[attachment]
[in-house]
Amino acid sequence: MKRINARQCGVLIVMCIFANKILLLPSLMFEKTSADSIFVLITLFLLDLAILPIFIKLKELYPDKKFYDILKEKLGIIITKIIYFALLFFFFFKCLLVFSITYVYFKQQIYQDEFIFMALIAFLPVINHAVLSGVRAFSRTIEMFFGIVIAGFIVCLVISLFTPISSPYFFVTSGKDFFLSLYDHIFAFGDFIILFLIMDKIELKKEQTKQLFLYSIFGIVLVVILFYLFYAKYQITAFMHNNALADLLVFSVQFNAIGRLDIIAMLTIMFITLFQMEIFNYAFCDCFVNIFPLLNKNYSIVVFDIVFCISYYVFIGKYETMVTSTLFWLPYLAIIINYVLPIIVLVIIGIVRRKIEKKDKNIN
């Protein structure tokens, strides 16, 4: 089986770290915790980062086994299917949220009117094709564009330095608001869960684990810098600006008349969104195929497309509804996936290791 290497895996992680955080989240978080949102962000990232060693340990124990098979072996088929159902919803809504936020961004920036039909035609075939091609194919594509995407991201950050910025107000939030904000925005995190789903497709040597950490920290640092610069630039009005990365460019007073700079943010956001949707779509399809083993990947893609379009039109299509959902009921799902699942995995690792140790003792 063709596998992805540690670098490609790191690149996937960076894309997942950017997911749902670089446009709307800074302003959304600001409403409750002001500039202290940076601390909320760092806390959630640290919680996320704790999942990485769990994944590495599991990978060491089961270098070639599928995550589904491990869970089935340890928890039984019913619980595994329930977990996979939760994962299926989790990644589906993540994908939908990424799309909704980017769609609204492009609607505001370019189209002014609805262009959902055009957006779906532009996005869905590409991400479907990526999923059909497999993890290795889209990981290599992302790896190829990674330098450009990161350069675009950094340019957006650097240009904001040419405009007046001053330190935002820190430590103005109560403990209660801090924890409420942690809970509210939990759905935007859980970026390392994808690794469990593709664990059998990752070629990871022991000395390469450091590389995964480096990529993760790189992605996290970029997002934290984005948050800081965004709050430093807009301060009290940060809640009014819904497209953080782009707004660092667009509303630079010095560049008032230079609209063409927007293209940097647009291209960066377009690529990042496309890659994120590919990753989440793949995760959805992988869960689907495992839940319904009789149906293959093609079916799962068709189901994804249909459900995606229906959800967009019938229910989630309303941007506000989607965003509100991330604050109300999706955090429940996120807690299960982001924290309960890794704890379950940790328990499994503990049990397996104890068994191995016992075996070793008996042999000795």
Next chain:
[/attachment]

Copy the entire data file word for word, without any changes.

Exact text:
[in-house]
Amino acid sequence: MKRINARQCGVLIVMCIFANKILLLPSLMFEKTSADSIFVLITLFLLDLAILPIFIKLKELYPDKKFYDILKEKLGIIITKIIYFALLFFFFFKCLLVFSITYVYFKQQIYQDEFIFMALIAFLPVINHAVLSGVRAFSRTIEMFFGIVIAGFIVCLVISLFTPISSPYFFVTSGKDFFLSLYDHIFAFGDFIILFLIMDKIELKKEQTKQLFLYSIFGIVLVVILFYLFYAKYQITAFMHNNALADLLVFSVQFNAIGRLDIIAMLTIMFITLFQMEIFNYAFCDCFVNIFPLLNKNYSIVVFDIVFCISYYVFIGKYETMVTSTLFWLPYLAIIINYVLPIIVLVIIGIVRRKIEKKDKNIN
């Protein structure tokens, strides 16, 4: 089986770290915790980062086994299917949220009117094709564009330095608001869960684990810098600006008349969104195929497309509804996936290791 290497895996992680955080989240978080949102962000990232060693340990124990098979072996088929159902919803809504936020961004920036039909035609075939091609194919594509995407991201950050910025107000939030904000925005995190789903497709040597950490920290640092610069630039009005990365460019007073700079943010956001949707779509399809083993990947893609379009039109299509959902009921799902699942995995690792140790003792 063709596998992805540690670098490609790191690149996937960076894309997942950017997911749902670089446009709307800074302003959304600001409403409750002001500039202290940076601390909320760092806390959630640290919680996320704790999942990485769990994944590495599991990978060491089961270098070639599928995550589904491990869970089935340890928890039984019913619980595994329930977990996979939760994962299926989790990644589906993540994908939908990424799309909704980017769609609204492009609607505001370019189209002014609805262009959902055009957006779906532009996005869905590409991400479907990526999923059909497999993890290795889209990981290599992302790896190829990674330098450009990161350069675009950094340019957006650097240009904001040419405009007046001053330190935002820190430590103005109560403990209660801090924890409420942690809970509210939990759905935007859980970026390392994808690794469990593709664990059998990752070629990871022991000395390469450091590389995964480096990529993760790189992605996290970029997002934290984005948050800081965004709050430093807009301060009290940060809640009014819904497209953080782009707004660092667009509303630079010095560049008032230079609209063409927007293209940097647009291209960066377009690529990042496309890659994120590919990753989440793949995760959805992988869960689907495992839940319904009789149906293959093609079916799962068709189901994804249909459900995606229906959800967009019938229910989630309303941007506000989607965003509100991330604050109300999706955090429940996120807690299960982001924290309960890794704890379950940790328990499994503990049990397996104890068994191995016992075996070793008996042999000795």
Next chain: